I was just feeling sentimental and wanting one from my home town. And whining about it on the internet.
You are right on all counts! Home should never be allowed to change. When it does we inevitably feel sad. And old. And sad. But maybe the wool prices will bounce back and those ranchers will go back to raising sheep for their fleece. I just have to hang on and live long enough!
Jumping down on raw fleece would be a wonderful job. I wonder if he ever got tired of it?
Ahem, wasn’t going to mention the “old” word.
LOL. Bet he did. Looking back it was probably a rather dirty, itchy job.
Being a sentimental sap type myself I can relate to your feelings about home and those connections. That is why I have 3 branding irons leaning against my couch with no clue what to do with them. Couldn’t bear the thought of someone else having my Dad’s branding irons though. Sigh.
Oooo! I know what I’d do with them. I’d cook up big slabs of meat, maybe some brisket, on a BBQ. I’d put the irons on the grill and right before I served, I’d brand the meat. lol
LOL!!! Don’t know what those old irons might add to the flavor, but they would certainly add to the presentation:)
Oh yeah they would. I betcha your dinner guests would love it.
I asked about wool at a basketball game (elementary school). I was told they burn it because it’s not worth the bother, money wise. I’m in Lawton Oklahoma, just north and a bit east of west Texas in general.
That is just so sad. Don’t they know there are yarn-obsessed crafters out there that would give it a loving home?
Honestly I think raising sheep for wool is becoming a specialty and maybe even a “cottage” industry. That probably means there will be fewer and fewer fleeces and the ones that do make it to market will be of higher and higher quality.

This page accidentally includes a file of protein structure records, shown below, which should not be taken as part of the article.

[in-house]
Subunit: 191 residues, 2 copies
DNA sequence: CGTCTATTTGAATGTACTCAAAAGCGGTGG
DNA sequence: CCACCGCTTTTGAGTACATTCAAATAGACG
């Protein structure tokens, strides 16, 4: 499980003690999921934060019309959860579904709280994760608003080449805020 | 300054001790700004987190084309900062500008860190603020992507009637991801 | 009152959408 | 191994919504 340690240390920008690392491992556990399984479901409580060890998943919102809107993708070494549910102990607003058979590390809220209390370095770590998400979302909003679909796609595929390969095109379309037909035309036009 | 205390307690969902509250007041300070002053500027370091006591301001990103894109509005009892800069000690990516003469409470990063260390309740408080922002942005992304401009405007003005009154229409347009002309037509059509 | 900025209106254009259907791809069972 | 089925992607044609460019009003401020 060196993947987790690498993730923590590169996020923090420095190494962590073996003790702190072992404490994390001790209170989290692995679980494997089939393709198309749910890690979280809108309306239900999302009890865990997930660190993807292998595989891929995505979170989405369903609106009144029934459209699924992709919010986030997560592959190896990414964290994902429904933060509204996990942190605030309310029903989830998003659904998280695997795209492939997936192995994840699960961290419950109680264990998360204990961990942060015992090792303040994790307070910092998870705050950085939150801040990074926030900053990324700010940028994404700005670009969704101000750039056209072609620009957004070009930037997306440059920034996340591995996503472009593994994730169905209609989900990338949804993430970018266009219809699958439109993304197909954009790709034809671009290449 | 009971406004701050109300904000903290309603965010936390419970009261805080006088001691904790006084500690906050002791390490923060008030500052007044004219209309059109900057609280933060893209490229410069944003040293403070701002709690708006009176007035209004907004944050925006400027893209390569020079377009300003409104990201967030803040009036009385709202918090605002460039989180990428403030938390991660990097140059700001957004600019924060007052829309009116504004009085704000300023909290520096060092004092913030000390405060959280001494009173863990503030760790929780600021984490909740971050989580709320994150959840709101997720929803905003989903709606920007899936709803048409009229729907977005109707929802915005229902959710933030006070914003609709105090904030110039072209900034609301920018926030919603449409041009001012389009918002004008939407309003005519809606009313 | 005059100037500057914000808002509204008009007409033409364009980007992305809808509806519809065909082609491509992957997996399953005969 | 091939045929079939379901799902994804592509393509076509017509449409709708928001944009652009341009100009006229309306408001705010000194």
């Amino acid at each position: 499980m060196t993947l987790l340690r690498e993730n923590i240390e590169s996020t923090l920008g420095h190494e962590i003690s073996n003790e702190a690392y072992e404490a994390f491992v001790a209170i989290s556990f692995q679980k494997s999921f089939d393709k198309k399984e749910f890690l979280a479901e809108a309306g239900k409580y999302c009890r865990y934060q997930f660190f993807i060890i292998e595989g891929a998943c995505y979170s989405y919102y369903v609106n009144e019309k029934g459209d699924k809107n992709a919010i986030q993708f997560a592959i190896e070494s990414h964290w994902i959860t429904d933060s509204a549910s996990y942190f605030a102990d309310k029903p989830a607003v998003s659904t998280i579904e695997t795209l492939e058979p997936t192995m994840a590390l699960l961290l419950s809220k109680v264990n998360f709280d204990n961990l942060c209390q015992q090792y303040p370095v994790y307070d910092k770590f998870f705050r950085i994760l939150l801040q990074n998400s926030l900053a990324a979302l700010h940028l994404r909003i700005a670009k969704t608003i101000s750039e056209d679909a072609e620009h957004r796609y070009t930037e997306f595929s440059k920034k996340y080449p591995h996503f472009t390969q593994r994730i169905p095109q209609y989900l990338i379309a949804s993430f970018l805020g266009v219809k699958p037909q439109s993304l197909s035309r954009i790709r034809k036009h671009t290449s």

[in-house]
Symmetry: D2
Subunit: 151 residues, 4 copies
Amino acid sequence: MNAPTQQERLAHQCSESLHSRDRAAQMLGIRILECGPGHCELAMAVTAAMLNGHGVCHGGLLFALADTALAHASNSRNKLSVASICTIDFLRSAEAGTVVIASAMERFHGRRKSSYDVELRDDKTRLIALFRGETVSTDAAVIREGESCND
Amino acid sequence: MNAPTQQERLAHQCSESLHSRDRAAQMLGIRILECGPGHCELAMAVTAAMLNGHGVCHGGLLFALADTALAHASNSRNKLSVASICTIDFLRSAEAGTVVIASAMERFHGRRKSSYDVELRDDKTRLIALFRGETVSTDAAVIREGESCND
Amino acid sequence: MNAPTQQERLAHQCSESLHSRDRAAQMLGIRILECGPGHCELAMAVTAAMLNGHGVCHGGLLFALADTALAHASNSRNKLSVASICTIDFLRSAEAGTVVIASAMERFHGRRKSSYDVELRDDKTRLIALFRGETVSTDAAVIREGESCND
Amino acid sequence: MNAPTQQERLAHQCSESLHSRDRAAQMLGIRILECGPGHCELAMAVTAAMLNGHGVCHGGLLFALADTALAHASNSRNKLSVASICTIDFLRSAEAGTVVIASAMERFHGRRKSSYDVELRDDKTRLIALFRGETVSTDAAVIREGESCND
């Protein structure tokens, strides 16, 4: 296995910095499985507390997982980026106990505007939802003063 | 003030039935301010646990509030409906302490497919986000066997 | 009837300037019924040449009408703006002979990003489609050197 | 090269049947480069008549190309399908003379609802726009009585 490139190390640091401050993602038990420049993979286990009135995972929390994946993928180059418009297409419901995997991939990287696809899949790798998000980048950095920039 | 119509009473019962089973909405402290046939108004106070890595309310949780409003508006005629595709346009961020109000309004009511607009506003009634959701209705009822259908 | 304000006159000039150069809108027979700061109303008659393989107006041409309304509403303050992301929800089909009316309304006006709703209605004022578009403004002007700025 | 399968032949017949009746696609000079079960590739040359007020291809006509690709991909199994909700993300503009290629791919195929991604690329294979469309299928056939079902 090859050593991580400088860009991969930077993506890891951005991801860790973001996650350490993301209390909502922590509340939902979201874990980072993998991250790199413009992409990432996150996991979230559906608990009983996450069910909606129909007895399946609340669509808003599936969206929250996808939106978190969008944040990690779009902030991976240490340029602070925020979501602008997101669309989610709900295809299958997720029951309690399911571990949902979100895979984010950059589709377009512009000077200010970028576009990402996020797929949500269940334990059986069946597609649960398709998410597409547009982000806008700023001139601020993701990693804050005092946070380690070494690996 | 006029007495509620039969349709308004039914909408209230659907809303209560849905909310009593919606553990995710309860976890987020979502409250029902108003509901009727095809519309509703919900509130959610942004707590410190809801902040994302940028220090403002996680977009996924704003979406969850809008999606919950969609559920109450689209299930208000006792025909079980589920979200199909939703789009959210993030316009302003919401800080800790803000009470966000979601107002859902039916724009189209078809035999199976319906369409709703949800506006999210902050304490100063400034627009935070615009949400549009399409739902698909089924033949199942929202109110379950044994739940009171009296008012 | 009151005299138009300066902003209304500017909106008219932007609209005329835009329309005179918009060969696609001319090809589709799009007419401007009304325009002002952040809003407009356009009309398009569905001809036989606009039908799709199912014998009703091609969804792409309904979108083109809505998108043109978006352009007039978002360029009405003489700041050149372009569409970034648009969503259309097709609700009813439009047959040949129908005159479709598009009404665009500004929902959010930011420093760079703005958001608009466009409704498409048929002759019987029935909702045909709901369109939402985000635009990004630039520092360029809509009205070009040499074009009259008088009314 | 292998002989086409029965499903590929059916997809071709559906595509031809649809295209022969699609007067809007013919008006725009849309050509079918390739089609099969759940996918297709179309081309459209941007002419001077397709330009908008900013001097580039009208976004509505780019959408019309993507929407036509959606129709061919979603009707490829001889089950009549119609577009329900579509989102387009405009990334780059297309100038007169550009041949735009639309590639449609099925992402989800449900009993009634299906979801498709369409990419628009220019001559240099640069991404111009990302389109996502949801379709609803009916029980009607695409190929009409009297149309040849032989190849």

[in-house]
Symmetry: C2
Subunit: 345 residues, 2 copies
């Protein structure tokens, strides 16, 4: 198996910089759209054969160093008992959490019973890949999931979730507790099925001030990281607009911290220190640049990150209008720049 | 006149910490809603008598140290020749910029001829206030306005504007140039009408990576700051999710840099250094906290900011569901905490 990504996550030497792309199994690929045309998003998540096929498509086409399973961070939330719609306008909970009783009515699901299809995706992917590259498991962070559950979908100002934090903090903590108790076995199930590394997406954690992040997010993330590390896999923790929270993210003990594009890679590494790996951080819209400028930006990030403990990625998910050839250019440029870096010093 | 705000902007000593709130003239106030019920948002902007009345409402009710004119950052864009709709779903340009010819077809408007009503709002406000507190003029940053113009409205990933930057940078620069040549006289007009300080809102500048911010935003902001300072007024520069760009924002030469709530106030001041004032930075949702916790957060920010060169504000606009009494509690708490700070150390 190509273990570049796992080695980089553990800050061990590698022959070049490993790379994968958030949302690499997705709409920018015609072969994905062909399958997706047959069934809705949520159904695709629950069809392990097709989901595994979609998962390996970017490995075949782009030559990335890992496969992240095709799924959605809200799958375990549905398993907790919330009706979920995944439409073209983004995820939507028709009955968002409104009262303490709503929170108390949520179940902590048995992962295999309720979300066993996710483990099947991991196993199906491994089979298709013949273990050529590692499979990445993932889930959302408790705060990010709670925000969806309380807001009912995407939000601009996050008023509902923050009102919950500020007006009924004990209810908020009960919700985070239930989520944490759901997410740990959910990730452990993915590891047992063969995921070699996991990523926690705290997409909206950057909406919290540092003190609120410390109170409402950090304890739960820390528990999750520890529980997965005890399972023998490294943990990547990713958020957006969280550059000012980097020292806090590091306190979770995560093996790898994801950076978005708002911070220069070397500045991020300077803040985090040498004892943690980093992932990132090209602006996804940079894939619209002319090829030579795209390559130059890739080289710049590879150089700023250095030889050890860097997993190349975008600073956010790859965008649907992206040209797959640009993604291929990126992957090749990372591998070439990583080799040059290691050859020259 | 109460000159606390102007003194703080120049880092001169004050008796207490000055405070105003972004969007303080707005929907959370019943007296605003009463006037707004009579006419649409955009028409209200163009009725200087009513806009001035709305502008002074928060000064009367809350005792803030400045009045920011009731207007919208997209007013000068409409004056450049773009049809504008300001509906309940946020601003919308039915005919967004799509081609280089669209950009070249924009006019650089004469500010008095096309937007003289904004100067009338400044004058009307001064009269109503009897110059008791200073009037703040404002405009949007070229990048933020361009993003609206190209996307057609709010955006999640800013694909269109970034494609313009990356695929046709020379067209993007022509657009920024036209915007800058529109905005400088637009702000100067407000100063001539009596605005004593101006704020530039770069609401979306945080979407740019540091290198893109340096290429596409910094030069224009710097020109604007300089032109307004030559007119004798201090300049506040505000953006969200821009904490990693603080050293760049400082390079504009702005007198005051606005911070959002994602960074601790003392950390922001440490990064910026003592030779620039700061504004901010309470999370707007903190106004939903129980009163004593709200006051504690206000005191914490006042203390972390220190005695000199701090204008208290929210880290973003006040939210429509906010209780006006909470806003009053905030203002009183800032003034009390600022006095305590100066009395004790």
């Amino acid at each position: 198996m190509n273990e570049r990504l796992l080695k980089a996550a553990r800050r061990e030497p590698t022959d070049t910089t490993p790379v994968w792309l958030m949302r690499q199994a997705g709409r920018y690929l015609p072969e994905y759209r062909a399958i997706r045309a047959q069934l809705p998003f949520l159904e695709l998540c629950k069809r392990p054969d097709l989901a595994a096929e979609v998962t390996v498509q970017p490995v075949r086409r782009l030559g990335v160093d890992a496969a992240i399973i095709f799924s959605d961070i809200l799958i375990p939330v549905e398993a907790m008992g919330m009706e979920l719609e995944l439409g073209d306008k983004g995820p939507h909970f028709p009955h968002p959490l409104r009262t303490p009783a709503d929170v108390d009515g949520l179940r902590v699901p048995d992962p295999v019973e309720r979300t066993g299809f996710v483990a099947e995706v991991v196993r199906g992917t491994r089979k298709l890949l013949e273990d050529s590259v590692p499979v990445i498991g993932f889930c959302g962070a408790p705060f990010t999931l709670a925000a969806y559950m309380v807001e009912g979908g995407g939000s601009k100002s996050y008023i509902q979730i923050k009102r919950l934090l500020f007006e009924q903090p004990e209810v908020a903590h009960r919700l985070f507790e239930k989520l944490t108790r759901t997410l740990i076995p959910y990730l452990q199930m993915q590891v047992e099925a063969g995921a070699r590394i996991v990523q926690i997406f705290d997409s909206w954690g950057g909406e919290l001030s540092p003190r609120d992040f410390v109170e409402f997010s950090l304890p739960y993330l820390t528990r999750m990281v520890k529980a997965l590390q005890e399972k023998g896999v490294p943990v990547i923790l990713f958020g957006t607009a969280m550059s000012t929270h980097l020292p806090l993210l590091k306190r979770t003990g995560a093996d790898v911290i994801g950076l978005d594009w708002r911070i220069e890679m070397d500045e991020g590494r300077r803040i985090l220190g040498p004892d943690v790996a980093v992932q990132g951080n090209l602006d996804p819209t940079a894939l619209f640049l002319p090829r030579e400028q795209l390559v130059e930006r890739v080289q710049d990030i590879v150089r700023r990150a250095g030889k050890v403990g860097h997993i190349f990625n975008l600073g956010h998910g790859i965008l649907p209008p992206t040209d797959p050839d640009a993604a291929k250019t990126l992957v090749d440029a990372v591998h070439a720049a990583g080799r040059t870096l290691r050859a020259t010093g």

I am sorry you didn’t get your West Texas fleece. It is hard to discover that “home” has changed, it is something we count on as staying the same to feel grounded. Maybe there is still some “hold out” old sheep rancher out there that has a decent fleece he/she would be willing to sell you, but if not, enjoy the fiber festivals.
Maybe there is and old school rancher out there. I asked plenty of people and left word everywhere I was looking for a fleece. Maybe I get a surprise “yes” and someone will sell me one. And if that does happen, you KNOW it will come through right after I buy a fleece at a festival.
Oh man, this breaks my heart! What a crying shame. 🙁
My sister has a couple of alpacas. She has bags (garbage bag size) and bags of it. Some has been cleaned, some not. I bet she’d be willing to sell you some if you made her an offer. Just let me know.
Just FYI, we’re in western NY (Rochester area), but we have LOTS of relatives in TX, if that helps. 😉
I once lived in Syracuse. 2 whole winters. Two! I kept the southern plates on the car as a warning to others drivers.
If you have kin in Texas, we are willing to take you in, ya know. No need to suffer unduly. When it snows we just stay home that day. Just a thought. If you come, toss a few bags of the fiber in the trunk and I’m sure you will be welcomed.
Thanks, Itsy! You are such a sweetie for offering! I’ll let you know if I ever get a chance to visit relatives in TX. Both me (first cousins, second, etc, etc.) and my husband (sisters) have relatives in TX.
Well then you definitely need to visit. Pick any week that a storm is fixing to blow into New York and that is the week you need to go visiting in Texas!
I’m passing on alpaca… for now. But only because I have so much of it washed and carded and waiting to be spun. Has you sister tried to sell it via the ravelry forums? I see independent sellers connecting with buyers all the time there.
Thanks for the heads up! I’ll let her know. We are both newbie spinners and alpaca is not for beginners. 😉